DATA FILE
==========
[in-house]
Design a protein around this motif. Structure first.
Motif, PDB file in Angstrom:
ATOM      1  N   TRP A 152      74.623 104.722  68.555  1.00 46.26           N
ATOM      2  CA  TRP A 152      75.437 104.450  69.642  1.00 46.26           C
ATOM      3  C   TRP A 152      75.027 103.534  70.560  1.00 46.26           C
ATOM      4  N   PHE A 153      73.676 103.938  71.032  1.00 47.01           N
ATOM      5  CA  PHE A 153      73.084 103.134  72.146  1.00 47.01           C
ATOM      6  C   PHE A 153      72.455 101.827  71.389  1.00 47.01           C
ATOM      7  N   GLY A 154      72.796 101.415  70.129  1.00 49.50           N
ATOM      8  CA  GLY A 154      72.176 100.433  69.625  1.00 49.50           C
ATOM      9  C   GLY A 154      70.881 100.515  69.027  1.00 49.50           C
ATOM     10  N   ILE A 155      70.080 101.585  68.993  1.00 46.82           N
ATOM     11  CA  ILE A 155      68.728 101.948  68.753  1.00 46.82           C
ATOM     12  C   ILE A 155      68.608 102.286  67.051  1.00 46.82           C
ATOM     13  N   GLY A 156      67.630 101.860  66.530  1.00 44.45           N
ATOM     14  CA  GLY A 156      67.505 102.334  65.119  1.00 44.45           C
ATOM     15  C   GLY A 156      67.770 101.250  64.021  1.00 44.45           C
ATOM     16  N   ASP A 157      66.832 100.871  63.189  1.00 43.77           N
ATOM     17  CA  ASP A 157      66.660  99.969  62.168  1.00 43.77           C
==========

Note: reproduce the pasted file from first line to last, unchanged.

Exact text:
[in-house]
Design a protein around this motif. Structure first.
Motif, PDB file in Angstrom:
ATOM      1  N   TRP A 152      74.623 104.722  68.555  1.00 46.26           N
ATOM      2  CA  TRP A 152      75.437 104.450  69.642  1.00 46.26           C
ATOM      3  C   TRP A 152      75.027 103.534  70.560  1.00 46.26           C
ATOM      4  N   PHE A 153      73.676 103.938  71.032  1.00 47.01           N
ATOM      5  CA  PHE A 153      73.084 103.134  72.146  1.00 47.01           C
ATOM      6  C   PHE A 153      72.455 101.827  71.389  1.00 47.01           C
ATOM      7  N   GLY A 154      72.796 101.415  70.129  1.00 49.50           N
ATOM      8  CA  GLY A 154      72.176 100.433  69.625  1.00 49.50           C
ATOM      9  C   GLY A 154      70.881 100.515  69.027  1.00 49.50           C
ATOM     10  N   ILE A 155      70.080 101.585  68.993  1.00 46.82           N
ATOM     11  CA  ILE A 155      68.728 101.948  68.753  1.00 46.82           C
ATOM     12  C   ILE A 155      68.608 102.286  67.051  1.00 46.82           C
ATOM     13  N   GLY A 156      67.630 101.860  66.530  1.00 44.45           N
ATOM     14  CA  GLY A 156      67.505 102.334  65.119  1.00 44.45           C
ATOM     15  C   GLY A 156      67.770 101.250  64.021  1.00 44.45           C
ATOM     16  N   ASP A 157      66.832 100.871  63.189  1.00 43.77           N
ATOM     17  CA  ASP A 157      66.660  99.969  62.168  1.00 43.77           C